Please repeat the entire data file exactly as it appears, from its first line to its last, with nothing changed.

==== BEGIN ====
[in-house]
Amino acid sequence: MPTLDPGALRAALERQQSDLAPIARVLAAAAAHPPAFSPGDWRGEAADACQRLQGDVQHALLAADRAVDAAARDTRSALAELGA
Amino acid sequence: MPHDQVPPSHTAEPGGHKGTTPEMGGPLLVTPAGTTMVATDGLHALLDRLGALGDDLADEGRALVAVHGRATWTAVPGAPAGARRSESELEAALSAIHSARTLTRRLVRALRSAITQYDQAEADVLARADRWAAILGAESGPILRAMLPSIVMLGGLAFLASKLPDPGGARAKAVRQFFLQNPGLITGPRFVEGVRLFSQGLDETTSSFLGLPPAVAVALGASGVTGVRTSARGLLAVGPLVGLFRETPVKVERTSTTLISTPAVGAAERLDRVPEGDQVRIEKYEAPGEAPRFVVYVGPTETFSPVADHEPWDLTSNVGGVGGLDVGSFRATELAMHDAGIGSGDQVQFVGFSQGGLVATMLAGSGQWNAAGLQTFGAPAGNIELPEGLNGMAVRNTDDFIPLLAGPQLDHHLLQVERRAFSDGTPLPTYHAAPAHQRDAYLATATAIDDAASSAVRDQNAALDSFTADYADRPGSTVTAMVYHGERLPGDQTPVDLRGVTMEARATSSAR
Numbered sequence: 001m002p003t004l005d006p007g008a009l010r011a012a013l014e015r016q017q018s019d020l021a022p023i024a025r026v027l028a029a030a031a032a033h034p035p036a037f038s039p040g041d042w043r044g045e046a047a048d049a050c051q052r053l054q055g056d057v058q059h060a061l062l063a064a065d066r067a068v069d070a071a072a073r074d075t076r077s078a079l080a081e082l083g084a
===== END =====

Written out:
[in-house]
Amino acid sequence: MPTLDPGALRAALERQQSDLAPIARVLAAAAAHPPAFSPGDWRGEAADACQRLQGDVQHALLAADRAVDAAARDTRSALAELGA
Amino acid sequence: MPHDQVPPSHTAEPGGHKGTTPEMGGPLLVTPAGTTMVATDGLHALLDRLGALGDDLADEGRALVAVHGRATWTAVPGAPAGARRSESELEAALSAIHSARTLTRRLVRALRSAITQYDQAEADVLARADRWAAILGAESGPILRAMLPSIVMLGGLAFLASKLPDPGGARAKAVRQFFLQNPGLITGPRFVEGVRLFSQGLDETTSSFLGLPPAVAVALGASGVTGVRTSARGLLAVGPLVGLFRETPVKVERTSTTLISTPAVGAAERLDRVPEGDQVRIEKYEAPGEAPRFVVYVGPTETFSPVADHEPWDLTSNVGGVGGLDVGSFRATELAMHDAGIGSGDQVQFVGFSQGGLVATMLAGSGQWNAAGLQTFGAPAGNIELPEGLNGMAVRNTDDFIPLLAGPQLDHHLLQVERRAFSDGTPLPTYHAAPAHQRDAYLATATAIDDAASSAVRDQNAALDSFTADYADRPGSTVTAMVYHGERLPGDQTPVDLRGVTMEARATSSAR
Numbered sequence: 001m002p003t004l005d006p007g008a009l010r011a012a013l014e015r016q017q018s019d020l021a022p023i024a025r026v027l028a029a030a031a032a033h034p035p036a037f038s039p040g041d042w043r044g045e046a047a048d049a050c051q052r053l054q055g056d057v058q059h060a061l062l063a064a065d066r067a068v069d070a071a072a073r074d075t076r077s078a079l080a081e082l083g084a